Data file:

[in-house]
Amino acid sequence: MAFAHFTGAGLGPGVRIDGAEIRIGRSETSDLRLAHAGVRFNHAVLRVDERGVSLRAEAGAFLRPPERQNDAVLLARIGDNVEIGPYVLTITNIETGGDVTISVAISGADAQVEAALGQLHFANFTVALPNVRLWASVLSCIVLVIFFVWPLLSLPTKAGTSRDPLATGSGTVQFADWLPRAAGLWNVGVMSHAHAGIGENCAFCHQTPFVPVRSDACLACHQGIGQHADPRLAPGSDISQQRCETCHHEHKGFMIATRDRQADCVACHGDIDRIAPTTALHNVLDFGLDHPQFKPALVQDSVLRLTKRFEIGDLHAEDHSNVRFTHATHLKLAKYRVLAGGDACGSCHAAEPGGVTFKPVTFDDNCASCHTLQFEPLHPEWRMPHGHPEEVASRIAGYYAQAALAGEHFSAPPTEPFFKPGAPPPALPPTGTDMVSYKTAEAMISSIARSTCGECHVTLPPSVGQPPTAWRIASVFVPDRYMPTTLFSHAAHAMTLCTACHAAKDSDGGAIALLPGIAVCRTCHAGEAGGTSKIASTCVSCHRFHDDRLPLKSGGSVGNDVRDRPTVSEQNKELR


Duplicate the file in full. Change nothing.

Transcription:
[in-house]
Amino acid sequence: MAFAHFTGAGLGPGVRIDGAEIRIGRSETSDLRLAHAGVRFNHAVLRVDERGVSLRAEAGAFLRPPERQNDAVLLARIGDNVEIGPYVLTITNIETGGDVTISVAISGADAQVEAALGQLHFANFTVALPNVRLWASVLSCIVLVIFFVWPLLSLPTKAGTSRDPLATGSGTVQFADWLPRAAGLWNVGVMSHAHAGIGENCAFCHQTPFVPVRSDACLACHQGIGQHADPRLAPGSDISQQRCETCHHEHKGFMIATRDRQADCVACHGDIDRIAPTTALHNVLDFGLDHPQFKPALVQDSVLRLTKRFEIGDLHAEDHSNVRFTHATHLKLAKYRVLAGGDACGSCHAAEPGGVTFKPVTFDDNCASCHTLQFEPLHPEWRMPHGHPEEVASRIAGYYAQAALAGEHFSAPPTEPFFKPGAPPPALPPTGTDMVSYKTAEAMISSIARSTCGECHVTLPPSVGQPPTAWRIASVFVPDRYMPTTLFSHAAHAMTLCTACHAAKDSDGGAIALLPGIAVCRTCHAGEAGGTSKIASTCVSCHRFHDDRLPLKSGGSVGNDVRDRPTVSEQNKELR